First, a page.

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Define respect.

I heard once that teachers and students are at odds over the same thing.  R-E-S-P-E-C-T.  Teachers complain most often about a lack of respect.  Likewise, students complain most often about a lack of respect.

It’s funny how something so universally important and desired is so seldom felt.  I believe the issue lies in the diversity of our understanding of respect and not in our willingness to offer respect to one another.  This was confirmed when I polled my students and asked them to define respect.

You guessed it: no two definitions were alike and mine did not match theirs.

My charge to you today is to start this conversation.  Ask your students:

What does respect mean to you?  How do you know if you are being given respect?  What do you do to respect others?

Keeping in mind that the microcosms of classrooms often suffer from a collective feeling that respect is absent, please emphasize the actions behind respect.  Respect is a verb.  How we do respect is just as important as the ways in which we feel respectful.

As part of our larger mission, we want to equip kids with the tools they will need to live happier, more empathetic and resilient lives.

I’m confident that sharing our diversity of opinions about the what and the how of respect will enable our students to better understand one another, to feel more respected and to receive the respect that new people they encounter will offer them into their future.  Because, without an awareness to receive the respectful actions of peers and colleagues, we cannot enter into a respectful relationship with them.

Younger kids can work through this exercise, too.  They will need more supports and models of examples of respect.  This is a great opportunity to reach out to families and incorporate storytelling and tradition sharing.

I hope you’ll share what they come up with!



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A sense of urgency and acceptance

If I were asked to define what success looks like for The Eight Hugs Curriculum, my answer would be to inspire a sense of urgency and acceptance.

My goal is to light the fire of urgency in the hearts of the adults who influence children’s development everyday.  This work takes a village.  Educators already know how important this work is.  I’m here to elevate their concerns and give them the tools they need to reach kids and to reach them quickly.

My second goal is to teach children about acceptance.  Truly, acceptance of ourselves and others will unlock the door to happiness.  This curriculum is about teaching children self-awareness and self-acceptance.  Brene Brown, PhD has claimed time and again that we can only extend love and appreciation to others if we are experts in offering love and acceptance to ourselves.  Acceptance is integral to happiness.

May is Mental Health awareness month.  A site for social workers is offering these pressing reminders which speak to the importance of both urgency and acceptance:

Youth-Mental-IllnessBrought to you by Social Work License Map

Mental-Illness-StigmaBrought to you by Social Work License Map

We have much important work to do my friends.  I’m honored you’re here alongside me.



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Providing a framework

This article, which was published yesterday, provided another sober reminder of the global demand for social and emotional learning in the classroom.  The author opens with her experience working with students on a Native American reservation, which resonated with my experience working as a teacher on a reservation.  Then, she provides similar experience from a colleague teaching in China.  Violence and emotional trauma abounds worldwide.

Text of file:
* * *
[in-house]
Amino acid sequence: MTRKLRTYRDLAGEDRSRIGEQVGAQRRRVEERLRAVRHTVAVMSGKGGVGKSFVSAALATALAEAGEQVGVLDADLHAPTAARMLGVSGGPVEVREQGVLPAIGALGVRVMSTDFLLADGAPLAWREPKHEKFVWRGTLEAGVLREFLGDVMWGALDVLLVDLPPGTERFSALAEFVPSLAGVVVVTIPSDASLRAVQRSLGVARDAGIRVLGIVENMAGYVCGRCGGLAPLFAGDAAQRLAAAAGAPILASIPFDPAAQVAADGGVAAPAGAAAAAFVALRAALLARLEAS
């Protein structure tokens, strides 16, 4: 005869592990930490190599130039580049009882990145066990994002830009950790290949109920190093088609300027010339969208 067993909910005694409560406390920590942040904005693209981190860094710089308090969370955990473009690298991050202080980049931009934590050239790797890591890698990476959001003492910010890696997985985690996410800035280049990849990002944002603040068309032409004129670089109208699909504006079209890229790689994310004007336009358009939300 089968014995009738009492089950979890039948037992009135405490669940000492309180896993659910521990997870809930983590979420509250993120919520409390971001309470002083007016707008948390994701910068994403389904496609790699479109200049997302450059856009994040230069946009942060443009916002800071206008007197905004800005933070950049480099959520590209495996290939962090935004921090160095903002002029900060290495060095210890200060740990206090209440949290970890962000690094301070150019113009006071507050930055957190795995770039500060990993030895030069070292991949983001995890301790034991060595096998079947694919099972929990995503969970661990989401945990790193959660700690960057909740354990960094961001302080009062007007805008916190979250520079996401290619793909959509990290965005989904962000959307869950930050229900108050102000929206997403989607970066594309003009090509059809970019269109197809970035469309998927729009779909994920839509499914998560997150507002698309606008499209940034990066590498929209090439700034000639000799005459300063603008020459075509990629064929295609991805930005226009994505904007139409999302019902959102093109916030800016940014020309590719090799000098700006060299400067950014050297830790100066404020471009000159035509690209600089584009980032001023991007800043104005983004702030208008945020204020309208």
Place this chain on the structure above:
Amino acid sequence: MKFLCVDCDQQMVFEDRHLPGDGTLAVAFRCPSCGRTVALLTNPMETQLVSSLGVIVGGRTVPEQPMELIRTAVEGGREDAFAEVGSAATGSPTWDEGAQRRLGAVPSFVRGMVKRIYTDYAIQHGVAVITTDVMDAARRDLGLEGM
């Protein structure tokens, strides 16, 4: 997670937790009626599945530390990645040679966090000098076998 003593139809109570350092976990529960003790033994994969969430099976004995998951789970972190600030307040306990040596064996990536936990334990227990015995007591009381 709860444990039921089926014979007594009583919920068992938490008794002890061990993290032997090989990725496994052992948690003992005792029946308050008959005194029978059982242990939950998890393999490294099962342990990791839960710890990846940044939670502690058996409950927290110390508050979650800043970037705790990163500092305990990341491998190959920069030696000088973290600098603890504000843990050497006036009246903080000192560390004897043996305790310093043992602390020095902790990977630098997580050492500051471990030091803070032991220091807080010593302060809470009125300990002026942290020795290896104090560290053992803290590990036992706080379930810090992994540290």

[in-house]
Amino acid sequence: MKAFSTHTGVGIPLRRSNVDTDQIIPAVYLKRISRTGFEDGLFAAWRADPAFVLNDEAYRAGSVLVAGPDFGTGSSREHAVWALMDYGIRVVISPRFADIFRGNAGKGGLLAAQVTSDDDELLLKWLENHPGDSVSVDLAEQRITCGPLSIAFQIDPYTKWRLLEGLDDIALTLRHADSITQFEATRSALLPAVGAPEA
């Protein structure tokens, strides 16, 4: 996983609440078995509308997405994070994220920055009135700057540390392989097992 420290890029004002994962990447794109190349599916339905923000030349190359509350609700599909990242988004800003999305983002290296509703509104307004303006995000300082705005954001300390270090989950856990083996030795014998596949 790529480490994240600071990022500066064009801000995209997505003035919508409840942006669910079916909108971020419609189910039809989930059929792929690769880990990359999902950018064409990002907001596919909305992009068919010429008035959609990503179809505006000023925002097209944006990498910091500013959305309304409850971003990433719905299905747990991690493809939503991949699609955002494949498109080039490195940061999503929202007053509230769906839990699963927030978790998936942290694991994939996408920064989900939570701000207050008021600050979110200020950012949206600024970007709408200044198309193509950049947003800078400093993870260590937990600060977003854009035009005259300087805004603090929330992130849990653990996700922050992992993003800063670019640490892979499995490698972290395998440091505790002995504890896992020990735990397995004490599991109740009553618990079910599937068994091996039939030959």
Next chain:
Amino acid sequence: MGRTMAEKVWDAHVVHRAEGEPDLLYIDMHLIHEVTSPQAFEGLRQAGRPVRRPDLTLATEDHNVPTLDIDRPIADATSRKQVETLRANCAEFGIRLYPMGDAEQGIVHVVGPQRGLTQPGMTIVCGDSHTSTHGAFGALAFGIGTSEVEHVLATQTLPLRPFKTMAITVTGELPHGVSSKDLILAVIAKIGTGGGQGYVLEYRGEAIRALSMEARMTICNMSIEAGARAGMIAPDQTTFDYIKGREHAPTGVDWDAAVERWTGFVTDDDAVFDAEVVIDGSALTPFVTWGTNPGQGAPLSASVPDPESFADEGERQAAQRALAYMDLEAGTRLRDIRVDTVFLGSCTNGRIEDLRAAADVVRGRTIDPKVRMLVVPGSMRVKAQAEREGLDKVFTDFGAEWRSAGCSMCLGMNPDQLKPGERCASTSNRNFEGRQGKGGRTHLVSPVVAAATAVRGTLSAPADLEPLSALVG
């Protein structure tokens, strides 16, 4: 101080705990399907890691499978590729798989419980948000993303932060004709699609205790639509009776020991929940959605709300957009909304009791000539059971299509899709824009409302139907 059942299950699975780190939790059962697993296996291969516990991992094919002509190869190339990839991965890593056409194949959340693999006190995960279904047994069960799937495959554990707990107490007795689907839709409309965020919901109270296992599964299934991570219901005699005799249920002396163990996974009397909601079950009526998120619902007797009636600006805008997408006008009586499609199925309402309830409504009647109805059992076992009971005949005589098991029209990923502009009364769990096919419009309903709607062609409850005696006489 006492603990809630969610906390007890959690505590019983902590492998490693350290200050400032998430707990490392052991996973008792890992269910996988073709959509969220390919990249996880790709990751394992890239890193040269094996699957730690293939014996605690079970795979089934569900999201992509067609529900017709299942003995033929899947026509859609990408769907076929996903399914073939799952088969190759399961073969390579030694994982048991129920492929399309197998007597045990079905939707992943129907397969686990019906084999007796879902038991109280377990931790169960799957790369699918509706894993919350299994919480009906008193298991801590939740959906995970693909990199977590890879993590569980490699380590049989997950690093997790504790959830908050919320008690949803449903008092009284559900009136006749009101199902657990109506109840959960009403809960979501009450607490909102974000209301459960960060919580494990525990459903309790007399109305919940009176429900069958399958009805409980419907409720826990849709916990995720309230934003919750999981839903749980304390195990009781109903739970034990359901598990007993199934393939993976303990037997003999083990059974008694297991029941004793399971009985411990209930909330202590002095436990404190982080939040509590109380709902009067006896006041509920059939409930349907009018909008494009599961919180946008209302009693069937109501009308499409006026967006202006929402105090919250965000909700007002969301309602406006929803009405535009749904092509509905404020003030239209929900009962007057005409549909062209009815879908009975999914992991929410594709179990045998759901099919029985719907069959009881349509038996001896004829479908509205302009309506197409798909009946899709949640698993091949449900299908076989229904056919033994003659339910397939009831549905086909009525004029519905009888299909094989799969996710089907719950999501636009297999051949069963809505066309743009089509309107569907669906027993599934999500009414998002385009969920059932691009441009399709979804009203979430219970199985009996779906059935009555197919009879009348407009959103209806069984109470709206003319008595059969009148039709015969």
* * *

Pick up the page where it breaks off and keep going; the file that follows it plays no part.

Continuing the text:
As teachers, the more we learn about our students the more appreciation we have for their reliance on us, the adults, to provide a framework for dealing with everything that’s going on in their lives.  Sometimes they merely need a sounding board.  Other times they need to be referred to a professional.

The Eight Hugs Curriculum can in no way substitute for sound, professional mental health help.  Nevertheless, we cannot enter our classrooms without acknowledging the life happening outside their walls.  Emotional intelligence cannot be divorced from academic intelligence.  By starting the conversation, we, as teachers, are saying:

Your feelings are valid and navigating them is difficult but integral to life success.

Don’t be surprised if that is the first time they’ve heard that message.

Surely, we are not trained to provide counseling support.  Instead, I hope that through the lessons on neuroscience we can provide a context for the busyness of their hearts and their brains which will encourage self-exploration instead of self-loathing.



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Is meditation what’s missing?

Who doesn’t want a more zen classroom?  Even students yearn for peace of mind.  Have you heard about educators who are embracing meditation as an avenue to promote calm and focus in their classrooms?  Some schools are doing this alongside a yoga practice, while others are simply instilling “quiet time.”  The data on this mirrors data from other types of social and emotional learning (SEL) = school success rates go up!  This infographic graphic from Edutopia says it all.

Meanwhile, this group is bringing mindfulness to classrooms in the UK.  They have lead massive group meditation sessions with thousands of students.  Pretty impressive!  I especially like their resources, which include a story narrative to explain to younger kiddos how peace and happiness come together in meditation.

Later this week, I’ll have another lesson download.  It’s an inquiry based exploration of classroom meditation!



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